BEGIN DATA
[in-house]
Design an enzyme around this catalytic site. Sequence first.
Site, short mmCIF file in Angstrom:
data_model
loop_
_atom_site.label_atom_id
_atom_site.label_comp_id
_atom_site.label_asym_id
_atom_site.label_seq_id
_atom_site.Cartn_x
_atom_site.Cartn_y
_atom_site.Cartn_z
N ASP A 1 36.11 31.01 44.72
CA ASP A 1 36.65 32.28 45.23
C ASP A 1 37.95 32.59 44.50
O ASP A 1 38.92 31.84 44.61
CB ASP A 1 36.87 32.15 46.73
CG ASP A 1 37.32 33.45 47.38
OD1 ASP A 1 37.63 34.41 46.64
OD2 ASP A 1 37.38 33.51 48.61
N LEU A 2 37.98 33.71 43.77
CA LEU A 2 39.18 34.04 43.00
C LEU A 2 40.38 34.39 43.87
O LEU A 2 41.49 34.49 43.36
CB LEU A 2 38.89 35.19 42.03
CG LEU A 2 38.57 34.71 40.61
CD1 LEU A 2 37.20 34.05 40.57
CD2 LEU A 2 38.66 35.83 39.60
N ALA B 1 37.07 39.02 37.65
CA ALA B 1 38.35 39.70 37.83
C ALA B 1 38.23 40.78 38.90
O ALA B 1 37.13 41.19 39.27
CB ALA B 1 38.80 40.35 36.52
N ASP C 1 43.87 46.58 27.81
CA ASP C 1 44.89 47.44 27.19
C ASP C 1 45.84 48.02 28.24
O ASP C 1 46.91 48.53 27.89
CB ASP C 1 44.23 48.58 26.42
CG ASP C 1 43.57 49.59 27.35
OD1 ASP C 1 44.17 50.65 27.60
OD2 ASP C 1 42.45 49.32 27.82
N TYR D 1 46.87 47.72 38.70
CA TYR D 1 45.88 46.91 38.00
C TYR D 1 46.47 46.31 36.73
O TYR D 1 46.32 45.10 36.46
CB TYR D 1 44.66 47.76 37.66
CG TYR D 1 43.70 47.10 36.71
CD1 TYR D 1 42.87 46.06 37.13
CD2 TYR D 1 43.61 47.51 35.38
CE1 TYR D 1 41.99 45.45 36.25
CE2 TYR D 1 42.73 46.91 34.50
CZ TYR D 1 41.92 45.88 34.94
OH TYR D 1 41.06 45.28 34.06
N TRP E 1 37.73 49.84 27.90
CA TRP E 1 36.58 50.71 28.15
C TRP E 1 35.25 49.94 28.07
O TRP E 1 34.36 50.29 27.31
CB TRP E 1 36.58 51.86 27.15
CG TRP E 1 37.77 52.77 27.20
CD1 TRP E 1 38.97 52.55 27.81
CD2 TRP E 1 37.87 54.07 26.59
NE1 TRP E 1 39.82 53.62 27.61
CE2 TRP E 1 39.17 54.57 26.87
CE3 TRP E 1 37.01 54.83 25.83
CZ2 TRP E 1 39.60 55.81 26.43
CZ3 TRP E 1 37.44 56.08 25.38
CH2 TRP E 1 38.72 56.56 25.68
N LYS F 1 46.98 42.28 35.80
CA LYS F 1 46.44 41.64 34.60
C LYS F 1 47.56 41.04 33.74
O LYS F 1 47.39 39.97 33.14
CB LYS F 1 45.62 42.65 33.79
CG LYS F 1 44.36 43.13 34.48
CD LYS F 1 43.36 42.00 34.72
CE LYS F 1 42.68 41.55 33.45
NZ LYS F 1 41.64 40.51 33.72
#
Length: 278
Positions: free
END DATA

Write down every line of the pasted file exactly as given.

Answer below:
[in-house]
Design an enzyme around this catalytic site. Sequence first.
Site, short mmCIF file in Angstrom:
data_model
loop_
_atom_site.label_atom_id
_atom_site.label_comp_id
_atom_site.label_asym_id
_atom_site.label_seq_id
_atom_site.Cartn_x
_atom_site.Cartn_y
_atom_site.Cartn_z
N ASP A 1 36.11 31.01 44.72
CA ASP A 1 36.65 32.28 45.23
C ASP A 1 37.95 32.59 44.50
O ASP A 1 38.92 31.84 44.61
CB ASP A 1 36.87 32.15 46.73
CG ASP A 1 37.32 33.45 47.38
OD1 ASP A 1 37.63 34.41 46.64
OD2 ASP A 1 37.38 33.51 48.61
N LEU A 2 37.98 33.71 43.77
CA LEU A 2 39.18 34.04 43.00
C LEU A 2 40.38 34.39 43.87
O LEU A 2 41.49 34.49 43.36
CB LEU A 2 38.89 35.19 42.03
CG LEU A 2 38.57 34.71 40.61
CD1 LEU A 2 37.20 34.05 40.57
CD2 LEU A 2 38.66 35.83 39.60
N ALA B 1 37.07 39.02 37.65
CA ALA B 1 38.35 39.70 37.83
C ALA B 1 38.23 40.78 38.90
O ALA B 1 37.13 41.19 39.27
CB ALA B 1 38.80 40.35 36.52
N ASP C 1 43.87 46.58 27.81
CA ASP C 1 44.89 47.44 27.19
C ASP C 1 45.84 48.02 28.24
O ASP C 1 46.91 48.53 27.89
CB ASP C 1 44.23 48.58 26.42
CG ASP C 1 43.57 49.59 27.35
OD1 ASP C 1 44.17 50.65 27.60
OD2 ASP C 1 42.45 49.32 27.82
N TYR D 1 46.87 47.72 38.70
CA TYR D 1 45.88 46.91 38.00
C TYR D 1 46.47 46.31 36.73
O TYR D 1 46.32 45.10 36.46
CB TYR D 1 44.66 47.76 37.66
CG TYR D 1 43.70 47.10 36.71
CD1 TYR D 1 42.87 46.06 37.13
CD2 TYR D 1 43.61 47.51 35.38
CE1 TYR D 1 41.99 45.45 36.25
CE2 TYR D 1 42.73 46.91 34.50
CZ TYR D 1 41.92 45.88 34.94
OH TYR D 1 41.06 45.28 34.06
N TRP E 1 37.73 49.84 27.90
CA TRP E 1 36.58 50.71 28.15
C TRP E 1 35.25 49.94 28.07
O TRP E 1 34.36 50.29 27.31
CB TRP E 1 36.58 51.86 27.15
CG TRP E 1 37.77 52.77 27.20
CD1 TRP E 1 38.97 52.55 27.81
CD2 TRP E 1 37.87 54.07 26.59
NE1 TRP E 1 39.82 53.62 27.61
CE2 TRP E 1 39.17 54.57 26.87
CE3 TRP E 1 37.01 54.83 25.83
CZ2 TRP E 1 39.60 55.81 26.43
CZ3 TRP E 1 37.44 56.08 25.38
CH2 TRP E 1 38.72 56.56 25.68
N LYS F 1 46.98 42.28 35.80
CA LYS F 1 46.44 41.64 34.60
C LYS F 1 47.56 41.04 33.74
O LYS F 1 47.39 39.97 33.14
CB LYS F 1 45.62 42.65 33.79
CG LYS F 1 44.36 43.13 34.48
CD LYS F 1 43.36 42.00 34.72
CE LYS F 1 42.68 41.55 33.45
NZ LYS F 1 41.64 40.51 33.72
#
Length: 278
Positions: free